Rev. Dr. Paul Douglas Walfall shares thoughts on the challenge of "Bold Discipleship."

A trail winds its way through the mountains of Alberta.
Credit: Sharissa Johnson on Unsplash
Published On: September 23, 2022

In this series of blog posts reflecting on The United Church of Canada's Call and Vision: Deep Spirituality, Bold Discipleship, Daring Justice — we will explore each line and the insights they offer for our personal faith experience and our witness as Christ’s church. (These reflections could be used as inspiration for your own. Please let us know if you have sermons, reflections, or ideas to share to animate the United Church’s Call and Vision statements.)

One of the concerns I have been hearing from almost every congregation, and every level of church administration, is the lack of volunteers now available to carry out the church’s work. Before the COVID-19 pandemic, it was said that 20 percent of the congregation does 80 percent of the church’s work. That 20 percent did not seem problematic when the average worshipping population was between 60 and 100. Things have changed some with the pandemic. The challenges did not occur because of the pandemic. But, as in most things, the pandemic highlighted things we often ignored. It highlighted the issues so that the problems could be ignored no longer. This is true of the number of persons who are willing and able to do church work. The number of people coming out to in-person church has decreased significantly, and this has affected every aspect of the work of the church.

It could be easy to give up hope to think that death and decay are around the corner for the church. Yet, for me, that is not an option. The question is, however, how do we have hope and maintain hope in incredibly challenging circumstances? One such source of hope for me has been the “Calling and Vision” for The United Church of Canada adopted in October 2021 by the General Council. Our Calling, “Deep Spirituality, Bold Discipleship, Daring Justice.” In these three statements, the General Council sought to encapsulate the church’s aspirations in the present age. You could read the statement saying that we strive to be a church where deep spirituality, bold discipleship, and daring justice are to be evident. Given the polity of the church, it is now up to each regional council and congregation to incorporate and reflect this statement into their statements of calling or mission statements.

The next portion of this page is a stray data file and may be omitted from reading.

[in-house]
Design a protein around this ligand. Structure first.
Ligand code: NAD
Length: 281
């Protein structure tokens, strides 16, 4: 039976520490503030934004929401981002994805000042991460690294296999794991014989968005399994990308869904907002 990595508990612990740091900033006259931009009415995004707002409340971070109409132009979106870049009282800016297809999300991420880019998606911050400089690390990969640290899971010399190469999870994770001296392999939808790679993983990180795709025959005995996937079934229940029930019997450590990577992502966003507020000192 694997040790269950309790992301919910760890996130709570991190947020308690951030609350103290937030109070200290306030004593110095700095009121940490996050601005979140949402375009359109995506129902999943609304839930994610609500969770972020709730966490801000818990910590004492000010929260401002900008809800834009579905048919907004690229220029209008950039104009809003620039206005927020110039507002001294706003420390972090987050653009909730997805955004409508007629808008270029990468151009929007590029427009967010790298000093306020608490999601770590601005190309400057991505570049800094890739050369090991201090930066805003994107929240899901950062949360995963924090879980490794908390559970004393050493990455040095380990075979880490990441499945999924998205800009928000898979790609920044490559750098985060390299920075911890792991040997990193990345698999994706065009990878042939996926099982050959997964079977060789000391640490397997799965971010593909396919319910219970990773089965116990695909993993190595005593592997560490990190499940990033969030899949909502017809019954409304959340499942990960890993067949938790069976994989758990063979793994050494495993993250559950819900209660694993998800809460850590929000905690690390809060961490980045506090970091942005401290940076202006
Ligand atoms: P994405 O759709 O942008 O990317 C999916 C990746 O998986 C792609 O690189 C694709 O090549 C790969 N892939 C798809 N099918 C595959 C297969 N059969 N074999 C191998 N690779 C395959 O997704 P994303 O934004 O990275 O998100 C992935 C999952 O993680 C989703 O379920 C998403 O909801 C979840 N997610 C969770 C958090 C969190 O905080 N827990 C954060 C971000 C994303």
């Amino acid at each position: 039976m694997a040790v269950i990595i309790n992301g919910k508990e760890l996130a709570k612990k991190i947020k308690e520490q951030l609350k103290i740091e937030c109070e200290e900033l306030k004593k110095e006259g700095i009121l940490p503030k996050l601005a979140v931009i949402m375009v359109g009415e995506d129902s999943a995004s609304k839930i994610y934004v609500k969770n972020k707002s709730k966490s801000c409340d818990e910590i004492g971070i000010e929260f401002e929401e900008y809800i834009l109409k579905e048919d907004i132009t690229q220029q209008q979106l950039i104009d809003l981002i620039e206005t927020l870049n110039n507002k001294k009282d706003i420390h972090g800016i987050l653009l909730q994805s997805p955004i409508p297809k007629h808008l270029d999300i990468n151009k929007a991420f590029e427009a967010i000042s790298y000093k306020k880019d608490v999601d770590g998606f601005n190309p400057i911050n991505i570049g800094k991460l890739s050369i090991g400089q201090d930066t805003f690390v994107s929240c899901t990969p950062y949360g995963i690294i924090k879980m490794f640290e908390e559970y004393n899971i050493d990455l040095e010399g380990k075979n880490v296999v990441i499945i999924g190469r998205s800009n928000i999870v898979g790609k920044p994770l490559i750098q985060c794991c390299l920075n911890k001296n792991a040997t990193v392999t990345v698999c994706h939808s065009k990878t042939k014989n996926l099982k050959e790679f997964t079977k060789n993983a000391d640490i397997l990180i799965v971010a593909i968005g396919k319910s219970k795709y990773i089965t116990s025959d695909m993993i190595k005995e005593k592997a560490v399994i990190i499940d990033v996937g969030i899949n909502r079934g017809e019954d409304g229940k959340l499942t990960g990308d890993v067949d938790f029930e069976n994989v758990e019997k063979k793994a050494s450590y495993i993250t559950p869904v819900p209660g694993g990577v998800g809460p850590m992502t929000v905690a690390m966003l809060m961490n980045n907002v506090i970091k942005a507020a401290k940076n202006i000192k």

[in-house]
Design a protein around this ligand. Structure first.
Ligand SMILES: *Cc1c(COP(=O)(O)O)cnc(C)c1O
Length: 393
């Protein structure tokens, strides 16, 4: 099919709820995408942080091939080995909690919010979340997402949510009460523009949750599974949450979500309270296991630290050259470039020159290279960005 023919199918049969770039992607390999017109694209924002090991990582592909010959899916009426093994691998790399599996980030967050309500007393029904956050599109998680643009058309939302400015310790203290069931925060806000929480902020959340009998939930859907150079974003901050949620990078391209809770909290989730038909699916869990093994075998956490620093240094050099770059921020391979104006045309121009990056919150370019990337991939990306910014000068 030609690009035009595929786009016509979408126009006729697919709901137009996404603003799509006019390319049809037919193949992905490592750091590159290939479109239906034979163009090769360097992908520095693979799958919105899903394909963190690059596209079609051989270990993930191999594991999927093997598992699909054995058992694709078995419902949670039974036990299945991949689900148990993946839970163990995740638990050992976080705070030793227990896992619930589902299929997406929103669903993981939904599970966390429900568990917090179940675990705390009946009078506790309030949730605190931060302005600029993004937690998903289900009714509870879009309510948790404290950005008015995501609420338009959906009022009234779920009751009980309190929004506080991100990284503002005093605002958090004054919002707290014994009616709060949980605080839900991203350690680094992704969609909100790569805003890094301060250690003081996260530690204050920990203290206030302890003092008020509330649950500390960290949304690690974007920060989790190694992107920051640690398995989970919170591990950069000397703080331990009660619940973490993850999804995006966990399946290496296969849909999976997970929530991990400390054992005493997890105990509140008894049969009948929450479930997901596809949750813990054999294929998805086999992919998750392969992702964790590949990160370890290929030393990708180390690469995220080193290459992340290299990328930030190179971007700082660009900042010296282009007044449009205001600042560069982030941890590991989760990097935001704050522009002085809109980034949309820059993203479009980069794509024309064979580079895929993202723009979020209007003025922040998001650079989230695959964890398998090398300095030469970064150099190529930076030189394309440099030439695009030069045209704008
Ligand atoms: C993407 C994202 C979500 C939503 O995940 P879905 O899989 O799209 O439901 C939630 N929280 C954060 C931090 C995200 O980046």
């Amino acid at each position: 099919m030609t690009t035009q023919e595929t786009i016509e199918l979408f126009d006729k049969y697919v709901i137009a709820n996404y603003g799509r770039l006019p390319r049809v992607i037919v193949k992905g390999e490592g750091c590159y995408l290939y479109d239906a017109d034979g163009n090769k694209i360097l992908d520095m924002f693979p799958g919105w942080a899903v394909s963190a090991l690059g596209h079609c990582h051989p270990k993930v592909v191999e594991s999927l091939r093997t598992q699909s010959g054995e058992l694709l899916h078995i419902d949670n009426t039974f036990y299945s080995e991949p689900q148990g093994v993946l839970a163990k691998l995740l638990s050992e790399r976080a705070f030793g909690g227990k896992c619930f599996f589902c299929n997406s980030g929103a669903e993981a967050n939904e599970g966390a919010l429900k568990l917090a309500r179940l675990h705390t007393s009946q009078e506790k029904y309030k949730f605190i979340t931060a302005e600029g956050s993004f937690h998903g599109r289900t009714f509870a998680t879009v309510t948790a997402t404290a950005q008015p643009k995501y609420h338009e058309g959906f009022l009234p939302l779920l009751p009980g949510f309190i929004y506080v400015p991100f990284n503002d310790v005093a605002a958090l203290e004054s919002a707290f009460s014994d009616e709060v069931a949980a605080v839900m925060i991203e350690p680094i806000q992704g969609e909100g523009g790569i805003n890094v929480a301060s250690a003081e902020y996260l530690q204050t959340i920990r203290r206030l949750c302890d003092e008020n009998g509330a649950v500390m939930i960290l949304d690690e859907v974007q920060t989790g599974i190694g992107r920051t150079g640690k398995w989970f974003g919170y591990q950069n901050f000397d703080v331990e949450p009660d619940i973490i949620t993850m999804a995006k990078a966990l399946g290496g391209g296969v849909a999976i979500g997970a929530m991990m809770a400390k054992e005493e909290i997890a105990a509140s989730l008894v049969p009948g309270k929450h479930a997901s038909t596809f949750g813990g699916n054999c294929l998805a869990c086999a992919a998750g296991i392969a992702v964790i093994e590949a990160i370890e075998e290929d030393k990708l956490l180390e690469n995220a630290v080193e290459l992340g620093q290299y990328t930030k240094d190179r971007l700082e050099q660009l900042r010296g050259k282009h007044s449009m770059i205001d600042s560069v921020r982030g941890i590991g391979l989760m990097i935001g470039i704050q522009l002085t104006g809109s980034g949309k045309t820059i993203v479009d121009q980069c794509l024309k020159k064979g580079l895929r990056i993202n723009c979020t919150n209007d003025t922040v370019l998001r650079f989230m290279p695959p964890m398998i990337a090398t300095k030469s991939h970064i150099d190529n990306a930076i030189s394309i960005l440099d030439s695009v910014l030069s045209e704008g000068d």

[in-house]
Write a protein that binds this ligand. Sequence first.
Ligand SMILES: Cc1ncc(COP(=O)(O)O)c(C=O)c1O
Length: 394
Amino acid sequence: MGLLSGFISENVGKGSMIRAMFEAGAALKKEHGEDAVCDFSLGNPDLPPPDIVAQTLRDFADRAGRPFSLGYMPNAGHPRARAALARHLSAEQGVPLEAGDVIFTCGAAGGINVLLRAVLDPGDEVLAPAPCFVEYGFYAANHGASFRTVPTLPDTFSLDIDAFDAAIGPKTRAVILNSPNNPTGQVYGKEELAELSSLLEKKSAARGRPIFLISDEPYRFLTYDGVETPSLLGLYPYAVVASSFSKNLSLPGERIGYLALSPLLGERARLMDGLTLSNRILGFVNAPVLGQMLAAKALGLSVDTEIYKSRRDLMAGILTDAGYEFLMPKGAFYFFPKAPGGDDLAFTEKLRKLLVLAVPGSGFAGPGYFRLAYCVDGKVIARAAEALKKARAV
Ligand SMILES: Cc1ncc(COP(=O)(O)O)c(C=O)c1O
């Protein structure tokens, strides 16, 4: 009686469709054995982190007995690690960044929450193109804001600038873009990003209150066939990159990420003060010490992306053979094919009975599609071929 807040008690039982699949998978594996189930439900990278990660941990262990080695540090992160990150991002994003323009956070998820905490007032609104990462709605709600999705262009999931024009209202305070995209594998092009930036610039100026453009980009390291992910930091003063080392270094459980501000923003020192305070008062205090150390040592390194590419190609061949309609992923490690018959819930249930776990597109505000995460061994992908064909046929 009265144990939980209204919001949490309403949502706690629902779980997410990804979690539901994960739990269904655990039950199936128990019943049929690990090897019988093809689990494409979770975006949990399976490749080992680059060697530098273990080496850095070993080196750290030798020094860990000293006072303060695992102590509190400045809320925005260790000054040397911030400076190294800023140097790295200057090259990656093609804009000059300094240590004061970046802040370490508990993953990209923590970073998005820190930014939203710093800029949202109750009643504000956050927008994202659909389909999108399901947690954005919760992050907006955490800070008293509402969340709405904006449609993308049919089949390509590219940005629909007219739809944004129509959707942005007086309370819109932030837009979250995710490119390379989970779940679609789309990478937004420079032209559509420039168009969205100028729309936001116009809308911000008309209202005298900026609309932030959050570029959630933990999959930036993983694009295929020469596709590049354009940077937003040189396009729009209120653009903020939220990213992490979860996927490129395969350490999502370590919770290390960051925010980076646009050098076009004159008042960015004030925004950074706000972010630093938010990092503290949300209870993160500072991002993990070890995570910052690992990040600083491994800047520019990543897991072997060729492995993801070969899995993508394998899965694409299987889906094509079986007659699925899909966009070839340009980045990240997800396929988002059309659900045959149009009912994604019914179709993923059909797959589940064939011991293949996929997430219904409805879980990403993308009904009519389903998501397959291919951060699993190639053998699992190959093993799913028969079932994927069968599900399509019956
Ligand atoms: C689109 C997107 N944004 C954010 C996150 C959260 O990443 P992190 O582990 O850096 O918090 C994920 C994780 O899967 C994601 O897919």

I was a General Council Executive member recommending this statement to the General Council. I commend the church leadership that worked assiduously to consult, gather information, and forge this statement together. Yet if I am to be honest, each time I read “Bold Discipleship,” I have an experiential disconnect. There is nothing wrong with the statement. However, my experience in The United Church of Canada has made me wonder if the understanding of discipleship is part of our church’s DNA. Since entering The United Church of Canada, my experience has been that we hardly ever spoke about being a follower of Jesus. So, speech about being a disciple of Jesus has not been a frequent experience for me. Therefore, the calling to bold discipleship is not daunting. Instead, it reveals a challenge that each church member must confront as we move forward.